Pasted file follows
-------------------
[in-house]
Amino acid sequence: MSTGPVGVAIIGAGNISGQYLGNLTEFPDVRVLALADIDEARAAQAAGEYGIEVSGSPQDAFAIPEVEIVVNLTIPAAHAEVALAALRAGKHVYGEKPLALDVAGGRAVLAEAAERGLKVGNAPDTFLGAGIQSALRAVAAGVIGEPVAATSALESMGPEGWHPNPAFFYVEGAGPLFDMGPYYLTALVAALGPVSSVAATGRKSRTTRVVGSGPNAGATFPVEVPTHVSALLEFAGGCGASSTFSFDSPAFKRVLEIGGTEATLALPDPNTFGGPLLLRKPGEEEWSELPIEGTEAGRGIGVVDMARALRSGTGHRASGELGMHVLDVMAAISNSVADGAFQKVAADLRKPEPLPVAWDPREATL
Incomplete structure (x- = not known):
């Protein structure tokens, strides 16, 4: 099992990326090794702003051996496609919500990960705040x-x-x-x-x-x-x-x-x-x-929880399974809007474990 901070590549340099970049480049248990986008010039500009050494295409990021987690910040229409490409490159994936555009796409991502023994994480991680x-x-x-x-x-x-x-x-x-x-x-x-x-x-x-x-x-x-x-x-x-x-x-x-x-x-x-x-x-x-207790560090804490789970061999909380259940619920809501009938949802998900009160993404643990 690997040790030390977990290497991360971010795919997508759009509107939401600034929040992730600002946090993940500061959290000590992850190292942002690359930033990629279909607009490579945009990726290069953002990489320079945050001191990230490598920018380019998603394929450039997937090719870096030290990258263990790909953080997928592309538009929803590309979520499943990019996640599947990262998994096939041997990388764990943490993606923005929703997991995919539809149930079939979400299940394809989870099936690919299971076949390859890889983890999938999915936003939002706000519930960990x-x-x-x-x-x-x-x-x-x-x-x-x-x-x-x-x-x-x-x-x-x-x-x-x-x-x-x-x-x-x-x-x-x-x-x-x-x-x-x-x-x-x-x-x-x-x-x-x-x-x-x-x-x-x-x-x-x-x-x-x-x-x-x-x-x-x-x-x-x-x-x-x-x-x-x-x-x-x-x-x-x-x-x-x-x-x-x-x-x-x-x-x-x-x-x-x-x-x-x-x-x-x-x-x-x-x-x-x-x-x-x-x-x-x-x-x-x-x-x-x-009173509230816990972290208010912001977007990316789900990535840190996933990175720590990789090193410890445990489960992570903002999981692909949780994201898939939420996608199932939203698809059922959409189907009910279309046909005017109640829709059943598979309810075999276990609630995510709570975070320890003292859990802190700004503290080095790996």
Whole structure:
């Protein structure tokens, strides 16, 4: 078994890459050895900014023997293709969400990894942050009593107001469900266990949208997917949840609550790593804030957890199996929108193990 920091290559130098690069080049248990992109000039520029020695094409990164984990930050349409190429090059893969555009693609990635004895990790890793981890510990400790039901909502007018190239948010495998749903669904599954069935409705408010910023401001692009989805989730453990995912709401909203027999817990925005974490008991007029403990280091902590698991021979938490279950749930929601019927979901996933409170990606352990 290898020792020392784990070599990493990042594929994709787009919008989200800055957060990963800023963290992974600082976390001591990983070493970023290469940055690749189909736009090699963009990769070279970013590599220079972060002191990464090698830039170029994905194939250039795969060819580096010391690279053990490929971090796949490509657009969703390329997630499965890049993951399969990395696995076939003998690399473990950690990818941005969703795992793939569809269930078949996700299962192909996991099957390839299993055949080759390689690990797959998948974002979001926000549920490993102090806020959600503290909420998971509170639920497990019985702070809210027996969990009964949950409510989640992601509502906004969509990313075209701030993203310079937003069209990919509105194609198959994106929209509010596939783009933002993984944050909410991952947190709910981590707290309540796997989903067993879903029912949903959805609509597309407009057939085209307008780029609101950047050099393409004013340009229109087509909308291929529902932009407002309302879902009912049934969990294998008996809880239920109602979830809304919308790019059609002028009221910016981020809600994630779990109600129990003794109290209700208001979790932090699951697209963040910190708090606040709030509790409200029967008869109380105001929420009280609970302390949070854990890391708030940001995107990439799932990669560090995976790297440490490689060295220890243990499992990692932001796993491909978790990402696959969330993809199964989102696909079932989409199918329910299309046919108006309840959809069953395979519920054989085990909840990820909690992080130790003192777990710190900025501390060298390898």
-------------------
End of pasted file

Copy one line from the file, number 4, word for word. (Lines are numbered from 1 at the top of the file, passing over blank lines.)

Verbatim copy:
């Protein structure tokens, strides 16, 4: 099992990326090794702003051996496609919500990960705040x-x-x-x-x-x-x-x-x-x-929880399974809007474990 901070590549340099970049480049248990986008010039500009050494295409990021987690910040229409490409490159994936555009796409991502023994994480991680x-x-x-x-x-x-x-x-x-x-x-x-x-x-x-x-x-x-x-x-x-x-x-x-x-x-x-x-x-x-207790560090804490789970061999909380259940619920809501009938949802998900009160993404643990 690997040790030390977990290497991360971010795919997508759009509107939401600034929040992730600002946090993940500061959290000590992850190292942002690359930033990629279909607009490579945009990726290069953002990489320079945050001191990230490598920018380019998603394929450039997937090719870096030290990258263990790909953080997928592309538009929803590309979520499943990019996640599947990262998994096939041997990388764990943490993606923005929703997991995919539809149930079939979400299940394809989870099936690919299971076949390859890889983890999938999915936003939002706000519930960990x-x-x-x-x-x-x-x-x-x-x-x-x-x-x-x-x-x-x-x-x-x-x-x-x-x-x-x-x-x-x-x-x-x-x-x-x-x-x-x-x-x-x-x-x-x-x-x-x-x-x-x-x-x-x-x-x-x-x-x-x-x-x-x-x-x-x-x-x-x-x-x-x-x-x-x-x-x-x-x-x-x-x-x-x-x-x-x-x-x-x-x-x-x-x-x-x-x-x-x-x-x-x-x-x-x-x-x-x-x-x-x-x-x-x-x-x-x-x-x-x-009173509230816990972290208010912001977007990316789900990535840190996933990175720590990789090193410890445990489960992570903002999981692909949780994201898939939420996608199932939203698809059922959409189907009910279309046909005017109640829709059943598979309810075999276990609630995510709570975070320890003292859990802190700004503290080095790996």